California’s two biggest pension funds have invested a staggering $43 billion in fossil fuel companies, and their opposition to divesting from the industry — including fighting legislation that would have stopped them investing in firms involved with the controversial Dakota Access Pipeline (DAPL) — has cost retirees and taxpayers billions, research shows.
The findings hammer home the fact that the divestment movement isn’t just about protecting the planet from the worst effects of climate change. With the oil, gas, and coal industries all on the decline, pension funds’ refusal to divest from fossil fuels is also endangering the retirement savings of teachers, government employees, and other rank-and-file public workers who have paid into these funds.
While it is common knowledge that fossil fuel stocks have underperformed the broader stock market, large bank stocks have been lackluster as well — including the banks that helped finance DAPL.
If CalPERS and CalSTRS had not opposed the original DAPL divestment legislation, they could have instead put pressure on the companies involved not to move forward with the pipeline, and such efforts might have been enough to stop the project, given the pipeline project’s turbulent history.
Wealthy, vaccine manufacturing countries like Germany, France, and the U.S. have pledged to fully vaccinate their own populations while also sharing doses with the developing world. But it’s not clear that a sufficient number of doses currently exist for them to make good on this promise. The European Union, for example, is on track to fall far short of its goal of donating 200 million doses to non-member states by the end of the year. And as of August, COVAX, the World Health Organization’s (WHO) vaccine sharing initiative, had distributed 188 million vaccines worldwide, just 19 percent of the 1.1 billion that the WHO says are needed to end the pandemic.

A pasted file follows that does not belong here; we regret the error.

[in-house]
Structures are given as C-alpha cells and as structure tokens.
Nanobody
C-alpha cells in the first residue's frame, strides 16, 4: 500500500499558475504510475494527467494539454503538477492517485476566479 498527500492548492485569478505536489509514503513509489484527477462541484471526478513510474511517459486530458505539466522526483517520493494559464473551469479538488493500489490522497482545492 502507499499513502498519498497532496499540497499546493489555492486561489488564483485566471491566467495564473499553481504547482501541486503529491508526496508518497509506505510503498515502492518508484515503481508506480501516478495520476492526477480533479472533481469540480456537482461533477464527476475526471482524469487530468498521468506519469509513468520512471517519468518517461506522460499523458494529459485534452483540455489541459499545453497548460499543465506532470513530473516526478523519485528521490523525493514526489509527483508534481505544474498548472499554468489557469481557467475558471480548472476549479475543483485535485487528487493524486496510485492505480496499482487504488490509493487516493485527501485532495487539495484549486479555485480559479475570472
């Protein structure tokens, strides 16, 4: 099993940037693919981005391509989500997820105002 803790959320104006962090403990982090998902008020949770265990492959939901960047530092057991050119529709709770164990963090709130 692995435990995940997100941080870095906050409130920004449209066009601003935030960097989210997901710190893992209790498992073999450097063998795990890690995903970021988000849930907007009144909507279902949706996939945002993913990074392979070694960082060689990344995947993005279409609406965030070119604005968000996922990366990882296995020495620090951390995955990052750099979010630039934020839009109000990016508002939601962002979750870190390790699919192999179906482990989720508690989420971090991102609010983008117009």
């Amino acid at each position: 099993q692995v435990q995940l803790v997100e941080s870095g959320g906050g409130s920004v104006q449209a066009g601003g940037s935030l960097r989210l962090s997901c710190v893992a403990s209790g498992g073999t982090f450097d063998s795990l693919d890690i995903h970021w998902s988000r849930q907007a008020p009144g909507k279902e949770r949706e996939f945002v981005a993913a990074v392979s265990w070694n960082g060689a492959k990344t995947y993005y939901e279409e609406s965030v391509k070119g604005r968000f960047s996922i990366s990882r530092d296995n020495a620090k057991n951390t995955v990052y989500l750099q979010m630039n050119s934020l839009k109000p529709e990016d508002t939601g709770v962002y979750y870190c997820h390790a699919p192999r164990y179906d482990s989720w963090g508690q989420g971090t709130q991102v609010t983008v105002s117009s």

The more people remain unvaccinated worldwide, the likelier it is that new variants will emerge, endangering vaccinated and unvaccinated alike.
Legally, the U.S. may already have the ability to do so. The terms between Moderna and the federal government specify that the government possesses rights to the vaccine technology developed under the contract, meaning that it can unilaterally publish or share the data with anyone. Furthermore, an essential component of the Moderna vaccine was invented and patented by U.S. government researchers, meaning that the government could threaten a patent infringement suit against Moderna if the company refuses to share its vaccine know-how.
Science has provided America with a decent idea of which areas of our country will be most devastated by climate change, and which areas will be most insulated from the worst effects. Unfortunately, it seems that population flows are going in the wrong direction — today’s new Census data shows a nation moving out of the safer areas and into some of the most dangerous places of all.
Some of the examples are genuinely mind-boggling. For instance, upstate New York is considered one of the country’s most insulated regions in the climate crisis — and yet almost all of upstate New York saw population either nearly flat or declining. At the same time, there were big population increases in and around the Texas gulf coast, which is threatened by extreme heat and coastal flooding.
Similarly, the city of Philadelphia is comparatively well situated in the climate crisis — but it saw only modest population growth of 5 percent. It was surpassed on the list of biggest cities by Phoenix, which saw an 11 percent population growth, despite that city facing some of the worst forms of extreme heat and drought in the entire country.